Boost Graph

Hello all,

EDIT 2 : updated version. You should still read (even quickly) this tutorial first as it covers important information used in the second tutorial. But don’t implement anything from here.

EDIT : To whoever is reading this right, I am going to re-write this tutorial soonish (I hope). Everything below is perfectly valid BUT after playing around with my code I realized that it’s a very sub optimal way of using the boost graph library. The reason for that is my usage of indexes I update manually. I wouldn’t recommend using numerical index but directly using Vertex is more clever. Especially, it works only because I use vecS for the storing. But vecS doesn’t allow iterators to suppress vertex which makes this graph annoying on the long run. And indexes to add Vertex don’t work “out of the box” with listS as storage.

So stay tuned for the next tutorial on boost graph 🙂

How to use Boost Graph

I wanted to put on a little tutorial on how to use boost graph in a program. I know the documentation is awesome but I still had to dig before fully grasping how it works so I though another tutorial wouldn’t be such a bad thing.

So, this is how you declare a graph :

#include "boost/graph/adjacency_list.hpp"

typedef boost::adjacency_list<
boost::vecS, boost::vecS, boost::undirectedS,
topologicalmap::Intersection_Graph ,
boost::edge_weight_t,
boost::no_property > Graph;

The adjacent list takes 6 template :

  • Storage of vertices : vector or other. Here I declared it to be a vector
  • Storage of edges : same as for the vertices.
  • Type of edges : directed or not
  • Vertice’s data : you may want to store data at each vertices. Here I had a custom structure named topological_map::Intersection_Graph
  • Edge’s data : same you may want to add data to edges. Here for example, I’m adding a weight to each of them. boost::edge_weight_t is already a data structure defined in boost Graph.
  • Map properties : Property associated with the whole graph. Here I add nothing at all.

Using bundle properties, you can literally add whatever you want to the graph vertices, edges or map property. My custom struct is as such :

struct Intersection_Graph{
    std::string type;
    cv::Mat mat;
    cv::Point2i point;
    int index;
};

When declaring a graph, on can either declare it with a certain number of vertices or without any and adding them dynamically. I found this to be somewhat unclear in the documentation. This is perfectly valid :

Graph _graph;
boost::add_vertex(_graph);
//Handy function to know the number of vertices
int num_vertice = boost::num_vertices(_graph);
_graph[num_vertice - 1].type = type;
_graph[num_vertice - 1].mat = m;
_graph[num_vertice - 1].point = p;
_graph[num_vertice - 1].index = num_vertice - 1;

But this would be as well :

Graph _graph(9);
for ( size_t i = 0 ; i < boost::num_vertices(_graph) ; i++){
    _graph[i].type = type;
    _graph[i].mat = m;
    _graph[i].point = p;
    _graph[i].index = i;
}

However, this :

Graph _graph(9);
boost::add_vertex(_graph);

Create a 10th vertex and leave all the last ones “empty”. So take care not to mix the two.

To add an edge is as simple as :

boost::add_edge(start, end, _graph);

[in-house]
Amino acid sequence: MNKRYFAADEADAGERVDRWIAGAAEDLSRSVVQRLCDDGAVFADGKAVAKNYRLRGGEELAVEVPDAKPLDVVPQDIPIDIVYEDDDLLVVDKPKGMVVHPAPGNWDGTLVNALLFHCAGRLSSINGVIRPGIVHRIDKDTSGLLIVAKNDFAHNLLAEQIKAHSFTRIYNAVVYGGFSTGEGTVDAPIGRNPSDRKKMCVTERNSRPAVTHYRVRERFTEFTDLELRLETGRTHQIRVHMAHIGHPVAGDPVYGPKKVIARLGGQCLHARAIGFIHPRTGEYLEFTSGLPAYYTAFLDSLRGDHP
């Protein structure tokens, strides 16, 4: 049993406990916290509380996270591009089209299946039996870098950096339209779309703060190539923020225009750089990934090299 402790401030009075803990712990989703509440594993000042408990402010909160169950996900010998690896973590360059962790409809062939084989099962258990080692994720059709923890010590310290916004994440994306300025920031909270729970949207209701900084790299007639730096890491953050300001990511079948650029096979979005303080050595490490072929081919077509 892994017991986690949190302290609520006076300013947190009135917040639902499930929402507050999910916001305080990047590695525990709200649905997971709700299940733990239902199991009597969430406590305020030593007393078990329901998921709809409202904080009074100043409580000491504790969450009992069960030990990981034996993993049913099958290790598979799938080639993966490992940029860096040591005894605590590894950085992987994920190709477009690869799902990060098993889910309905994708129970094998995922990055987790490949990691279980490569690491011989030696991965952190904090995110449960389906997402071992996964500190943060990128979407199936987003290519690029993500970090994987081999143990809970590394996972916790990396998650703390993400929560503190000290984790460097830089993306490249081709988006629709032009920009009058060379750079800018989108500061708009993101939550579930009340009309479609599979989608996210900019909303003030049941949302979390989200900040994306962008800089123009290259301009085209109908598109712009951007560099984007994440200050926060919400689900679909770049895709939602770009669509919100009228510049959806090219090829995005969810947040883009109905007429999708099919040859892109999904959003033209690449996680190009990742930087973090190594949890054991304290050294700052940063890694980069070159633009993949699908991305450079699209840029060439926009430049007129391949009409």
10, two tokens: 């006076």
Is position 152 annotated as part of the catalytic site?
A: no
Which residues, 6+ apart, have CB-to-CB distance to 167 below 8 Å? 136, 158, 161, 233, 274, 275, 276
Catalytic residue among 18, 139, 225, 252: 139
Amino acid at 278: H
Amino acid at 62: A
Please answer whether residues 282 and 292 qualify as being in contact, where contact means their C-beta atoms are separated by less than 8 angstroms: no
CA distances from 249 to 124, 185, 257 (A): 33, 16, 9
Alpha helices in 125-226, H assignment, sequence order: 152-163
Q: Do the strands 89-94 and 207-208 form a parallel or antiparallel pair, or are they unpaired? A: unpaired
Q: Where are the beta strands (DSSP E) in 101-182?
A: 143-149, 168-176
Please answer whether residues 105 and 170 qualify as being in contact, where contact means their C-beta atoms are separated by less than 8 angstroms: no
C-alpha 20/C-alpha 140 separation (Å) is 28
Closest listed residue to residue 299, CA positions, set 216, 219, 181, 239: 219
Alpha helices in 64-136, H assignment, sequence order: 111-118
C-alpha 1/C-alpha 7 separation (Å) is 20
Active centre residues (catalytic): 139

Where start and end are the number of the two vertices to connect.

To finish this tutorial, here is a handy function to print a graph :

//first is beginning, second is "past the end"
std::pair<vertex_iter, vertex_iter> vp;
//vertices access all the vertix
for (vp = boost::vertices(_graph); vp.first != vp.second; ++vp.first) {
    Vertex v = *vp.first;
    std::cout << _graph[v].type << " with index " << _graph[v].index;

    typedef boost::graph_traits<Graph> GraphTraits;
    typename boost::property_map<Graph, boost::vertex_index_t>::type 
        index = get(boost::vertex_index, _graph);

    std::cout << " edges: ";
    typename GraphTraits::out_edge_iterator out_i, out_end;
    typename GraphTraits::edge_descriptor e;
    for (boost::tie(out_i, out_end) = boost::out_edges(v, _graph); 
        out_i != out_end; ++out_i) {
        e = *out_i;
        Vertex src = boost::source(e, _graph), targ = boost::target(e, _graph);
        std::cout << "(" << index[src] << "," 
                << index[targ] << ") ";
    }
    std::cout << std::endl;   
}
std::cout << std::endl;

Let’s cut the code.

//first is beginning, second is "past the end"
std::pair<vertex_iter, vertex_iter> vp;
//vertices access all the vertix
for (vp = boost::vertices(_graph); vp.first != vp.second; ++vp.first) {
    Vertex v = *vp.first;
    std::cout << _graph[v].type << " with index " << _graph[v].index;

Create an iterator on the vertexes. vp.first point to the first element of the graph and vp.second to something after the graph.
We iterate through it all and print the wanted information.

typedef boost::graph_traits<Graph> GraphTraits;
typename boost::property_map<Graph, boost::vertex_index_t>::type 
    index = get(boost::vertex_index, _graph);

std::cout << " edges: ";
typename GraphTraits::out_edge_iterator out_i, out_end;
typename GraphTraits::edge_descriptor e;
for (boost::tie(out_i, out_end) = boost::out_edges(v, _graph); 
    out_i != out_end; ++out_i) {

We create an index element on the graph. This will help us later in the print by given us the number (or index) of a given vertice.

We create an iterator on edges. We use the function boost::tie to get the first and last of all out edges. We then iterate. Note that we only need to do the out-edges because I declare an undirected graph but you would have to do in-edges as well if it is directed. The procedure is essentially the same

e = *out_i;
Vertex src = boost::source(e, _graph), targ = boost::target(e, _graph);
std::cout << "(" << index[src] << "," 
        << index[targ] << ") ";

Using the index of the graph, we obtain the index of the source vertice and the target vertice of every edge.

 

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